Toilet Magnet

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September 27, 2013:
A chemical free way to keep deposits from forming in your toilet bowl! As seen on TV.

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Rare Earth Magnets:

Unlike traditional ferro-iron magnets that are used in some products, Rare Earth magnets create a powerful magnetic field that may disrupt scale formation.

Can Rare Earth Magnets Keep Your Toilet Clean?

New Product Promises Clean Toilet Bowls with no chemicals

Toilet MagnetA new product advertised on television promises to keep toilet bowls clean with the power of rare earth magnets. The commercials, and their site, indicate that the toilet magnets, encased in a plasic housing, and placed into the toilet tank, use a powerful magnetic field to prevent minerals from concentrating into lime scale which can make your toilet look streaked and dirty. The real question for the scientific community is whether or not this toilet bowl cleaning technique works, given that it could have huge implications for large companies that pay thousands of dollars a year (in labor) to have janitors and staff clean toilets. A magnetic solution to toilet bowl cleaning could have a big payoff in the business world, where every penny of savings is calculated and efficiency is treasured.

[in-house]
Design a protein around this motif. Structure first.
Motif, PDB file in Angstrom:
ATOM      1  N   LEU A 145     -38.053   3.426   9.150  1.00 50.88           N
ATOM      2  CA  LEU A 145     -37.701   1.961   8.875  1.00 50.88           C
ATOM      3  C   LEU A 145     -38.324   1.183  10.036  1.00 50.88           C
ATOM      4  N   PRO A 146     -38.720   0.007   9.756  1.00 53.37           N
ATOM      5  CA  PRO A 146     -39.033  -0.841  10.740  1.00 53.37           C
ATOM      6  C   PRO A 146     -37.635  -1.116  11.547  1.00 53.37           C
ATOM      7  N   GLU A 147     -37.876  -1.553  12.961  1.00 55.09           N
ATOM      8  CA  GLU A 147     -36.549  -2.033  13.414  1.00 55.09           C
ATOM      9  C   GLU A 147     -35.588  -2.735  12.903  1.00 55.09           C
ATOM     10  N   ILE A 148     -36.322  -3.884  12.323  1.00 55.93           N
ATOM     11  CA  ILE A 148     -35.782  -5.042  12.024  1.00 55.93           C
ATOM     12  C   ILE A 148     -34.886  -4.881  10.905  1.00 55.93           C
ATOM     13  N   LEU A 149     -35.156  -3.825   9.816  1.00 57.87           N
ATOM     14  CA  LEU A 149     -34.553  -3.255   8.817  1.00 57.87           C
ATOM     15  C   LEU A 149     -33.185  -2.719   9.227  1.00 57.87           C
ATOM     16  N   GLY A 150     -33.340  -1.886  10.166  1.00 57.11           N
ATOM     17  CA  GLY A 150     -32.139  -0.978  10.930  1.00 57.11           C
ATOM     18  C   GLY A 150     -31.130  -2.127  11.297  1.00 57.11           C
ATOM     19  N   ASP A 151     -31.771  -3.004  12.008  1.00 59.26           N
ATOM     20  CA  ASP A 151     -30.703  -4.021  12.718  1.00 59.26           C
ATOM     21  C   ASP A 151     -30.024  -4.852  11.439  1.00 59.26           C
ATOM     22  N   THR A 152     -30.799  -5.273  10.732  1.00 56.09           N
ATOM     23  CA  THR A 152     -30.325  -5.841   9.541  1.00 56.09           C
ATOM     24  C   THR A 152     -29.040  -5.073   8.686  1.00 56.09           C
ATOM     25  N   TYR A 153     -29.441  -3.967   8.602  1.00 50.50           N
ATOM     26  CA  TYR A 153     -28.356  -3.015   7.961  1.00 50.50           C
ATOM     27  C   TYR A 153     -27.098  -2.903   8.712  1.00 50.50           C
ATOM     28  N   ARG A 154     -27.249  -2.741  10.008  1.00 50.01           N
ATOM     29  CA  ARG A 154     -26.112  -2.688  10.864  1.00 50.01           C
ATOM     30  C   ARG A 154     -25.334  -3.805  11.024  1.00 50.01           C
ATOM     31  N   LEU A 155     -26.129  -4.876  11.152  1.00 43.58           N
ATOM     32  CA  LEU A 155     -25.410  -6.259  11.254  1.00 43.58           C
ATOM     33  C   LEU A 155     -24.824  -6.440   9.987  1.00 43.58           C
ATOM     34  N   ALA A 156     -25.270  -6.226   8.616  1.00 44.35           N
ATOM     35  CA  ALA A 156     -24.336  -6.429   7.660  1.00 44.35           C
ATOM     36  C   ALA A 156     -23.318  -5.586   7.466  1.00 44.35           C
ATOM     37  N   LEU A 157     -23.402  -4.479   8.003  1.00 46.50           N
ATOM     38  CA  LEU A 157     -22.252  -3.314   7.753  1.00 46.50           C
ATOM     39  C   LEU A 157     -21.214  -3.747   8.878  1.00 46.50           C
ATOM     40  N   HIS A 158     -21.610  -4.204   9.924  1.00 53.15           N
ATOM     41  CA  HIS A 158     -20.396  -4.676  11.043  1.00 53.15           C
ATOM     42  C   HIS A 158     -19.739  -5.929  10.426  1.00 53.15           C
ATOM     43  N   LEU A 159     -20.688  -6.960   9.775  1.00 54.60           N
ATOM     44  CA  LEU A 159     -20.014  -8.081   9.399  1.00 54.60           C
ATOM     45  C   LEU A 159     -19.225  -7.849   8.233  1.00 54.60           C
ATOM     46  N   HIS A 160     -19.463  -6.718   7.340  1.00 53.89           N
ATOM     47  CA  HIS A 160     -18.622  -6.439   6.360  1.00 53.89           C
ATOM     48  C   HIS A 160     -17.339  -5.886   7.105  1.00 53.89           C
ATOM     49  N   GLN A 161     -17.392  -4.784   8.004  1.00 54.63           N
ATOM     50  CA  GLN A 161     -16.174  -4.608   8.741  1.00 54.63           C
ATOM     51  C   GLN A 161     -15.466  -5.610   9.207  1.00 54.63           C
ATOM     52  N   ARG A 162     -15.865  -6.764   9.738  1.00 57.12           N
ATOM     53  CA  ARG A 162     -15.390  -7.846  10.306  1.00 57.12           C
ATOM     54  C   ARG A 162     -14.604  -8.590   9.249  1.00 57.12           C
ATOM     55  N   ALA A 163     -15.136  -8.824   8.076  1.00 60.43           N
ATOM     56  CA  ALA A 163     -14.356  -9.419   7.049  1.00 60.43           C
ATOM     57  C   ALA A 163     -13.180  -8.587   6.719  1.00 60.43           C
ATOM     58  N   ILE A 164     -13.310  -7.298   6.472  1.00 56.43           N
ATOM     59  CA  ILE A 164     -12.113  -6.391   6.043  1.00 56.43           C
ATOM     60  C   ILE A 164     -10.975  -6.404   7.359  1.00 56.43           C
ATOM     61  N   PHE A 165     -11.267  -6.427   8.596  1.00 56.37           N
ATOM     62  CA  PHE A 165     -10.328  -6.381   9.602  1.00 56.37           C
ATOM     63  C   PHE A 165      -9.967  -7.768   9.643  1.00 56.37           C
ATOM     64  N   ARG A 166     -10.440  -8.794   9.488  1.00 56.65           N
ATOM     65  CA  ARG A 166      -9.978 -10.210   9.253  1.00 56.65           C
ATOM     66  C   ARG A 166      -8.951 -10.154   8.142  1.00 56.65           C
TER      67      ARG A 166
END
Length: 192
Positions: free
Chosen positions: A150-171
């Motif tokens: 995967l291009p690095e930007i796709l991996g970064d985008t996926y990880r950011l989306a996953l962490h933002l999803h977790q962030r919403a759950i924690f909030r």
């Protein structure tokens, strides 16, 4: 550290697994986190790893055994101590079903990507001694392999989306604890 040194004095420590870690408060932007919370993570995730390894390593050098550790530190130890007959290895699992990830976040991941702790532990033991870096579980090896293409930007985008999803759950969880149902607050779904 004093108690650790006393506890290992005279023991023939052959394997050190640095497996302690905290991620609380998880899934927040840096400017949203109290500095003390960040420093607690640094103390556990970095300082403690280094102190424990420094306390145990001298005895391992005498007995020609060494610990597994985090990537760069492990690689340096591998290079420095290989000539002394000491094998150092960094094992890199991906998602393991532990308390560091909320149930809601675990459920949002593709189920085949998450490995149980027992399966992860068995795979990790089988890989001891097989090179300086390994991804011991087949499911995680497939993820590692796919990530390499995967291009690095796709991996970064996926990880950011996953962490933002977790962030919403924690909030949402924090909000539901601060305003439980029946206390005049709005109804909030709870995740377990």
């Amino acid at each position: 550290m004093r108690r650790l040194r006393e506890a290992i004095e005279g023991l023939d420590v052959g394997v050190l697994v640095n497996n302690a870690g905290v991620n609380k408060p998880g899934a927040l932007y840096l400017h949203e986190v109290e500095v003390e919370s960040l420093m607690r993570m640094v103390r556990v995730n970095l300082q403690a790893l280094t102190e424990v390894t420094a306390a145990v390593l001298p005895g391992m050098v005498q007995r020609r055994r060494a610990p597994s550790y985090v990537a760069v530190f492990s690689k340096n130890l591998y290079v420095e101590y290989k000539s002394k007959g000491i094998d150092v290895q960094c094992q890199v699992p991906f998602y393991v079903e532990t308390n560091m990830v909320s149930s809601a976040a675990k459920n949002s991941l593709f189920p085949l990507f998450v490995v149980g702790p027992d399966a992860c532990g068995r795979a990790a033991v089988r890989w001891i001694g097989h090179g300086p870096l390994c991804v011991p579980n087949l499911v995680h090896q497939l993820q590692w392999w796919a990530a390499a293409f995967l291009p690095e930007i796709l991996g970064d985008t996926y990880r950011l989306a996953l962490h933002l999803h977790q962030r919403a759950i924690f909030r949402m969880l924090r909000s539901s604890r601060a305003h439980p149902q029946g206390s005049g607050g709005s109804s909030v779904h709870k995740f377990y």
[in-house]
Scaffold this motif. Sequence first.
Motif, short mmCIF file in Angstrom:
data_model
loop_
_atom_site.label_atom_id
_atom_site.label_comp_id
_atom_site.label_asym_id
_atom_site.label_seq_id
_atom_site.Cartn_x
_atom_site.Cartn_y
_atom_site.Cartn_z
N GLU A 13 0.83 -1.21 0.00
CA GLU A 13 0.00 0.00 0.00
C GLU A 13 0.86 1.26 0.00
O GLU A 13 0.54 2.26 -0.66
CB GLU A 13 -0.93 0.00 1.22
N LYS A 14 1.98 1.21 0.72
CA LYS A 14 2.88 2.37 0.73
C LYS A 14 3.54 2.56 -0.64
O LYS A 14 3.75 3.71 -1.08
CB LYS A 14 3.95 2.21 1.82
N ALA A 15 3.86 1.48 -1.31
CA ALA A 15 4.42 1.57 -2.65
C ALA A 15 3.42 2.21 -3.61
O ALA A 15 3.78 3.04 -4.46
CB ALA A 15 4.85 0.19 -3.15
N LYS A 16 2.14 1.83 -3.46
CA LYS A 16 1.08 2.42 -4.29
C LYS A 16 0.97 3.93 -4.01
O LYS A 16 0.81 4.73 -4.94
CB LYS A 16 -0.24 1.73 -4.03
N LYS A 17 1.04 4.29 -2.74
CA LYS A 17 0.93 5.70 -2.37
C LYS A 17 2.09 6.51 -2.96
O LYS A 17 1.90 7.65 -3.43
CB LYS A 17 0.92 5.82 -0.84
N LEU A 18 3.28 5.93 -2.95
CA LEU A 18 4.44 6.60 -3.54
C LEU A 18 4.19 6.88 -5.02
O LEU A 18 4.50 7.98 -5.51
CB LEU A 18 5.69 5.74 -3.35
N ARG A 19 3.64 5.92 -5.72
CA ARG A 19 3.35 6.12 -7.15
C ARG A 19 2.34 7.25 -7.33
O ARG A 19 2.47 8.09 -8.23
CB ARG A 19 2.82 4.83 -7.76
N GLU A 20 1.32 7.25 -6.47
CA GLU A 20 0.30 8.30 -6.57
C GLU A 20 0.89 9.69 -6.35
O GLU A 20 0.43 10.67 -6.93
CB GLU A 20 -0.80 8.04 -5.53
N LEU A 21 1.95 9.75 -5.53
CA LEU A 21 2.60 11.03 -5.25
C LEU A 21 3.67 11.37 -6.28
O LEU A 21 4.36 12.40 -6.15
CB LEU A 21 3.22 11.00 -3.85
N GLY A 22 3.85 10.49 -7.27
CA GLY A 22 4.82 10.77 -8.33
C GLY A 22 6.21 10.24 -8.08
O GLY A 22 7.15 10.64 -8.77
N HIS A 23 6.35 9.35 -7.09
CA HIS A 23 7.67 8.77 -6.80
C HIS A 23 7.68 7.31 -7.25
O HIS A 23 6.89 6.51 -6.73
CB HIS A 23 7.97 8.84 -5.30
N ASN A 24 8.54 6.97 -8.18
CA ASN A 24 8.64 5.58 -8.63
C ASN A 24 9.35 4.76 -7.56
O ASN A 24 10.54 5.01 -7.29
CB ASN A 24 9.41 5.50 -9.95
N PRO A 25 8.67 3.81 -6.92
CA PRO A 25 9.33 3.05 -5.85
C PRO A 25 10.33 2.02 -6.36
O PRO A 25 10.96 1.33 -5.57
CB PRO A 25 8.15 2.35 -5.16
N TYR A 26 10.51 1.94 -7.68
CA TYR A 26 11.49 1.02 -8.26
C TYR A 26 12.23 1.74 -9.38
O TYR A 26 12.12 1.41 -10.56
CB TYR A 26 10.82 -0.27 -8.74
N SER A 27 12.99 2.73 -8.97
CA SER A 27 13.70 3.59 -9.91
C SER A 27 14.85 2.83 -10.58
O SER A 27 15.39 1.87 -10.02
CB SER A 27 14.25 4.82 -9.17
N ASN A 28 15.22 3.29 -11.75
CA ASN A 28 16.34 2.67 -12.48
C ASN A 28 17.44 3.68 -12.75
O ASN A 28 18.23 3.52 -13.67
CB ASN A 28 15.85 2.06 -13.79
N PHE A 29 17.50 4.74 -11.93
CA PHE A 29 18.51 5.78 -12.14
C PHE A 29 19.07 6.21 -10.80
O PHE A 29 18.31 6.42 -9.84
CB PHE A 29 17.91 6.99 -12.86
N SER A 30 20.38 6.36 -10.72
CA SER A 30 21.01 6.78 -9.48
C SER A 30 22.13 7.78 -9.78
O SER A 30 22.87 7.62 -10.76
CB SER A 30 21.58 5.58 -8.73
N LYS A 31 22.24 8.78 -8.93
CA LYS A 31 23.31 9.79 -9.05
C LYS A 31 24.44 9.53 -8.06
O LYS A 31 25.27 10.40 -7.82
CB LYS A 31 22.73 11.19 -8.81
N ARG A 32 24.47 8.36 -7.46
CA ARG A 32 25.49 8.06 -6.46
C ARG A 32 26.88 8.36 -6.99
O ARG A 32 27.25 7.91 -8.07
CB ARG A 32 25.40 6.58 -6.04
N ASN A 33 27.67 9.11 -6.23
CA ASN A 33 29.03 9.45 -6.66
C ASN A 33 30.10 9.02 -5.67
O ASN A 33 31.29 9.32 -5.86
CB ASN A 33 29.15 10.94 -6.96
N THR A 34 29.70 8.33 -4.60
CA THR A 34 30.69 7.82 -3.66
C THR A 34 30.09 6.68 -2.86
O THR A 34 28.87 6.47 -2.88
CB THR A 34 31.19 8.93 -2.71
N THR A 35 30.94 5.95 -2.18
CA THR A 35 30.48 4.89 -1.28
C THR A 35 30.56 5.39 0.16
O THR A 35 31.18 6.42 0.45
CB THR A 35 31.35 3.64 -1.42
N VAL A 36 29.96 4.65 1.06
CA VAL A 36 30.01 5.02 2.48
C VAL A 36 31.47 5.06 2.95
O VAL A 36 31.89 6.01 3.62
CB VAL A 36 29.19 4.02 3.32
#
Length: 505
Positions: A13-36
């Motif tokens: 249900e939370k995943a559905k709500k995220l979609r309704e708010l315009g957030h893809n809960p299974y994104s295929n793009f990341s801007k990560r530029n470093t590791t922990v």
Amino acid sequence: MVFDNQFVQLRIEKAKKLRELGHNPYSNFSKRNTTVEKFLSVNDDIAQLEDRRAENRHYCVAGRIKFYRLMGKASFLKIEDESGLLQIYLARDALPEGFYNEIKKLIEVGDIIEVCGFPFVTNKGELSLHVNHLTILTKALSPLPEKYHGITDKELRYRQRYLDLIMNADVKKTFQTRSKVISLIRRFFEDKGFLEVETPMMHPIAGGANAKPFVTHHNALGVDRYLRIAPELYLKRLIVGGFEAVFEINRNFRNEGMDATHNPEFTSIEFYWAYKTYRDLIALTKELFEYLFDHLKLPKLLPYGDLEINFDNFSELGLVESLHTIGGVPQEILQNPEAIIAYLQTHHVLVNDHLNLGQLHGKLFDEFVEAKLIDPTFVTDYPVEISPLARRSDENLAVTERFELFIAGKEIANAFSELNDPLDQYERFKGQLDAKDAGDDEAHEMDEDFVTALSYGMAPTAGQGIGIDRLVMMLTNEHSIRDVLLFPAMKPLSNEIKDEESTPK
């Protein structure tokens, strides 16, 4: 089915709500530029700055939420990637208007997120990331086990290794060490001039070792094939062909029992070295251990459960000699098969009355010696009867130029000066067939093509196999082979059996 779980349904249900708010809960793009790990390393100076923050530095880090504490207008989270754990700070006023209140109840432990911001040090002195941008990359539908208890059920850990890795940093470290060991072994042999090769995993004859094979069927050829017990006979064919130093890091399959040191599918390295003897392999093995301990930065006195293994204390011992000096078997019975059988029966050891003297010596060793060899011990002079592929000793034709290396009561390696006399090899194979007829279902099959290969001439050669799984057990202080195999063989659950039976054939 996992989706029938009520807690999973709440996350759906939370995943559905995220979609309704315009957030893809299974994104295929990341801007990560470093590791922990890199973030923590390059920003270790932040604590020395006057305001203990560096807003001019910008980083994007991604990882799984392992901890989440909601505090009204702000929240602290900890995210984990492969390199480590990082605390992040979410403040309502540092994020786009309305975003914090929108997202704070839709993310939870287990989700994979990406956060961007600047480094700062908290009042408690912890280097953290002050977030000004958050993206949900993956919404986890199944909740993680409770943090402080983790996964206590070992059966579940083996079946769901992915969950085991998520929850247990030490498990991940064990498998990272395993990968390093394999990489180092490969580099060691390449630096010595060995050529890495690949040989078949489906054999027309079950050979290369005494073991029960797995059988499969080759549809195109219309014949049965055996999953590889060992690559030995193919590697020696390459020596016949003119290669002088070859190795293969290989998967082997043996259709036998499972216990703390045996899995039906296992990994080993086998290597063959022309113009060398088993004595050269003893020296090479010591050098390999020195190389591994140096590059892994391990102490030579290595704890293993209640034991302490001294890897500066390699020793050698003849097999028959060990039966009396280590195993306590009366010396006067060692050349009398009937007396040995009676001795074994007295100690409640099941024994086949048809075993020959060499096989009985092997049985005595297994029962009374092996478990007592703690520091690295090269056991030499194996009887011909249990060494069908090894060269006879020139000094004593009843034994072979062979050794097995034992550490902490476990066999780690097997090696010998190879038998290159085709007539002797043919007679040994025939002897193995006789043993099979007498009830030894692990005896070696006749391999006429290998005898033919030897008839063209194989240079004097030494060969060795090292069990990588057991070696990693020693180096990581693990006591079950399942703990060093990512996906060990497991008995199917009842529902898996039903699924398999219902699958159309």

Do Toilet Magnets Really Work? That is a very good question. If the magnetic field can really keep crystals from growing in the tank or in the toilet bowl, there may be some hope. However, there is stuff that would not be affected by magnets, including bacteria, unless they were iron bacteria, and they contained sufficient free iron to be magnetic, in which case maybe they would stick to the magnet. Unfortunately, your toilet can also be stained by all the stuff that goes into it, so don't throuw away all your bathroom cleaning supplies just yet.

Notes and Special Information

Special note: Because we have not tried out the toilet magnet system we do not yet know if we can endorse it. Chemical free toilet bowl cleaning is a highly desirable way to reduce chemical exposure and waste, especially when you consider that septic systems and sewage pipes generally run to municipal facilities that must process sewage and put it back into the environment.